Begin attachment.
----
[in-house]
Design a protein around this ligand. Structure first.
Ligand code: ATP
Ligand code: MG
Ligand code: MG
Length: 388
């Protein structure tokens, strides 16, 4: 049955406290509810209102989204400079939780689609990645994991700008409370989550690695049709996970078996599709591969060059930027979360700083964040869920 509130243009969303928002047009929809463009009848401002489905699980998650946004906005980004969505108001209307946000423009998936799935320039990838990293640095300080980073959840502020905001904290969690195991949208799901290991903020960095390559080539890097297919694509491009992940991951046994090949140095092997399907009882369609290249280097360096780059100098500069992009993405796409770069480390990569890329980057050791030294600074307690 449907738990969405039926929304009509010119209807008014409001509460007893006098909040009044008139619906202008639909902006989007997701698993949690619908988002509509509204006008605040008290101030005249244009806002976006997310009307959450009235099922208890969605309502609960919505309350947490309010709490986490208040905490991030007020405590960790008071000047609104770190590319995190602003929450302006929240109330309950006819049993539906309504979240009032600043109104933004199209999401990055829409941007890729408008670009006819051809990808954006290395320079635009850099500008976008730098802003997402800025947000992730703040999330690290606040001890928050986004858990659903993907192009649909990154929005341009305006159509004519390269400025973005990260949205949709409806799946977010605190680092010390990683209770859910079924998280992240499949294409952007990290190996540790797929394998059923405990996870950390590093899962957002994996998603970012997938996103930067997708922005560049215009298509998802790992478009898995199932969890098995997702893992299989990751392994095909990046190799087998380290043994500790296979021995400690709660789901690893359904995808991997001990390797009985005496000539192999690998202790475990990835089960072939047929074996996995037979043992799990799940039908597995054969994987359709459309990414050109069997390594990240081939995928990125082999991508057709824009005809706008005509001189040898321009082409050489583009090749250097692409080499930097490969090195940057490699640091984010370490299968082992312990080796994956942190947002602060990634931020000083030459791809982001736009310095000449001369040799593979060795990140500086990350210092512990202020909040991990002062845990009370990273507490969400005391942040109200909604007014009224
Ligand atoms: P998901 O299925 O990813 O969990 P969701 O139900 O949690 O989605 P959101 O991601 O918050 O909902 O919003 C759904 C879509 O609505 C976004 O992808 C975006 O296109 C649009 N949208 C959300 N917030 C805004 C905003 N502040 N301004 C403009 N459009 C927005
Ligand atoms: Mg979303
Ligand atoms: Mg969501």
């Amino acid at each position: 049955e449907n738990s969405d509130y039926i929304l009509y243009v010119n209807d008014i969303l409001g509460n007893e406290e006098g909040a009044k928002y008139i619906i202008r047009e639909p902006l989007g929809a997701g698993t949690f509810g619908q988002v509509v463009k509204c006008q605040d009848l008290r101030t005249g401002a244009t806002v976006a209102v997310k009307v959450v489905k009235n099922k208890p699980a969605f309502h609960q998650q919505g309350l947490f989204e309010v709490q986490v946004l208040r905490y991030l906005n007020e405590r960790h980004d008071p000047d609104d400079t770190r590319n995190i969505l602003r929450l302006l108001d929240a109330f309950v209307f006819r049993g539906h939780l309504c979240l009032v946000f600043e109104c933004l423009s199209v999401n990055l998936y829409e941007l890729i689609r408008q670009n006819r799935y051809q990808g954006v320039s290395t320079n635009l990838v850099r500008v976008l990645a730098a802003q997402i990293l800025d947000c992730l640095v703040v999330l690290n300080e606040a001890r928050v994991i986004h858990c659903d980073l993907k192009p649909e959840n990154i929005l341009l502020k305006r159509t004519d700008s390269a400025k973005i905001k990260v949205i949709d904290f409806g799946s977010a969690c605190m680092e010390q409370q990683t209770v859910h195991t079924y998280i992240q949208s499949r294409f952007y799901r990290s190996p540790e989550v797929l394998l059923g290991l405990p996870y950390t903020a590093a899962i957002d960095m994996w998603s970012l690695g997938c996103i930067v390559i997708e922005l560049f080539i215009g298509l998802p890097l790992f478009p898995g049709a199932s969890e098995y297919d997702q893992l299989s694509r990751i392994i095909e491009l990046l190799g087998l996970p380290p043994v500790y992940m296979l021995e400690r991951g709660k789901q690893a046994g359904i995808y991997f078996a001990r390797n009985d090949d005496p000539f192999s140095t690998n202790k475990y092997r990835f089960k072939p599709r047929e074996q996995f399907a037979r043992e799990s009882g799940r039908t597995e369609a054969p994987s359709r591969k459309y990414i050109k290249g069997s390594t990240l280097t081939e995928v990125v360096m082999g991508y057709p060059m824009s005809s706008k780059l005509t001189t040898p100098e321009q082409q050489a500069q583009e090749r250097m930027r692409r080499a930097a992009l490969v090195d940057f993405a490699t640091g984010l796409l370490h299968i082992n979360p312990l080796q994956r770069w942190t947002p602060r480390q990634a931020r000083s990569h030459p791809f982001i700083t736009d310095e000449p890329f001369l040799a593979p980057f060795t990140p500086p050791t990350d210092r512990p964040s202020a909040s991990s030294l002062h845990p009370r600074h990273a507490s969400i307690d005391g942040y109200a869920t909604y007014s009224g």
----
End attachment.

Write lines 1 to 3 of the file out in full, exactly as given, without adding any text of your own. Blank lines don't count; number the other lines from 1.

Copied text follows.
[in-house]
Design a protein around this ligand. Structure first.
Ligand code: ATP